Although I have no recollection of ever meeting anyone who actually had somebody's eye out with that, I recall being warned about the possibility on several occasions. Raspberry canes, in the wrong hands, must be the world's deadliest anti-ocular device.
Lectures about risk were regular. Walk downstairs properly not on the outside of the bannisters. Don't run with a drink in your hand. Don't hit your sister with that whatever was to hand.
In fact I paid little attention to those rules and the only occasion in my childhood I can recall attending Selly Oak Accident Hospital was preceded by the statement 'Mum I dug up an old light bulb.' I still have the scar in the palm of my left hand. Don't run excitedly to your mother with an old light bulb in your hand. Good advice that but I had never been given it.
In fact my parents had a strange attitude to risk. Living in a massive old Victorian house, much of which had fallen into disrepair, was a permanent adventure and we were allowed to play with things we found. Hide and seek could include an oily inspection pit in the garage. Building games took place with old bits of rough wood leading to splinters. Many of the planks we found had nails sticking out of them but nobody seemed to mind as long as we had a tetanus jab from time to time and always cleaned any wounds with Dettol.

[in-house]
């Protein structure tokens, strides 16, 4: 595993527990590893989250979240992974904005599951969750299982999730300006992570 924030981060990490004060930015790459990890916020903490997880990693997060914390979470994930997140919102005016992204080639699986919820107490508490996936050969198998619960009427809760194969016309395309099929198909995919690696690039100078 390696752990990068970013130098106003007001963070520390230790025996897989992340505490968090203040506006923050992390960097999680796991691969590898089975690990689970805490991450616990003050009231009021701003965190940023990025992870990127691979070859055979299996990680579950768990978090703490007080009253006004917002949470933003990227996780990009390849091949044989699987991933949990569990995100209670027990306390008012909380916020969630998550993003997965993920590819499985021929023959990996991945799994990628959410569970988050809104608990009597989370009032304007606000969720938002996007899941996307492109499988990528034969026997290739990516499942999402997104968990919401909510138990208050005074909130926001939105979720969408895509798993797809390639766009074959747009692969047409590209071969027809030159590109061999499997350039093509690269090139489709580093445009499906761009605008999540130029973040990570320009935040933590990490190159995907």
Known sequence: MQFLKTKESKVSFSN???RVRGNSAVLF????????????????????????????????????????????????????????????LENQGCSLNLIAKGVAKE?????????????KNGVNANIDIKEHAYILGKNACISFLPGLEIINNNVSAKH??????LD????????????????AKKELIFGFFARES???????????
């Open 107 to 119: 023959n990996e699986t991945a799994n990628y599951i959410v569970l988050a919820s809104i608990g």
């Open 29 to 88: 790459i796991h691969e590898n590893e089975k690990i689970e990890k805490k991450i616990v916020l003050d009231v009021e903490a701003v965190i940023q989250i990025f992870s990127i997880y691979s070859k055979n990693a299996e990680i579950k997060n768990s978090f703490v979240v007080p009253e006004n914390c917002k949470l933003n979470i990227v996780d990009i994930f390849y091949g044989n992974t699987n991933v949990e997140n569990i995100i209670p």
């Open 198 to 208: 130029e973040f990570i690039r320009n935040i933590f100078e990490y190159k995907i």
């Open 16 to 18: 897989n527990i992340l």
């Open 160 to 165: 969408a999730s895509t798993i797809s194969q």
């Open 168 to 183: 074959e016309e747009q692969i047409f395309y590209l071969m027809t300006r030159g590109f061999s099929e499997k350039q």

The one thing that was an absolute no was playing in the front. In the street. This was not, as far as I could tell, because of the risk of abduction. Such things were not heard of in the early sixties and even the Moors murders failed to make a mark since the moors were in the north and it was well known that northern murderers never came south of Derby.
Neither was it a risk of car accident. Oakfield Road is a long straight suburban road where you could see and hear a car approaching easily and if you couldn't the gene pool would surely find other ways of removing you. In fact Oakfield Road was used by a local garage as a brake-testing strip in the days when that was done by mechanics not computers. It was a long, straight road with a thirty mile an hour limit where many drivers were expecting to jam on their brakes at some point. I doubt if there was a safer street in Brum.
No. The problem with playing out was that it was common. The sort of thing the people in Croydon and Luton Road did. And my mother required me, if going down to the shops, not to walk down Croydon Road for fear that I might catch working-classness.
I thought about this afresh today having observed a couple of builders place their ladder in the road on a busy blind corner. Then they proceeded to remove a piece of rotten wood and replace it with a stone lintel. Gloves to protect from splinters? Pah. Eye protection and face masks from the brick dust and chips? No way. Protective footwear? One had bare feet and the other wore flip-flops.
Discussing Gozitans' maniacal approach to risk - apprentice builders have to walk round the top of an uncompleted house wall before the roof is in place to show they are made of the right stuff - I recall the words of a travel rep some years back, 'Last week a priest fell down a hole; what can you do?'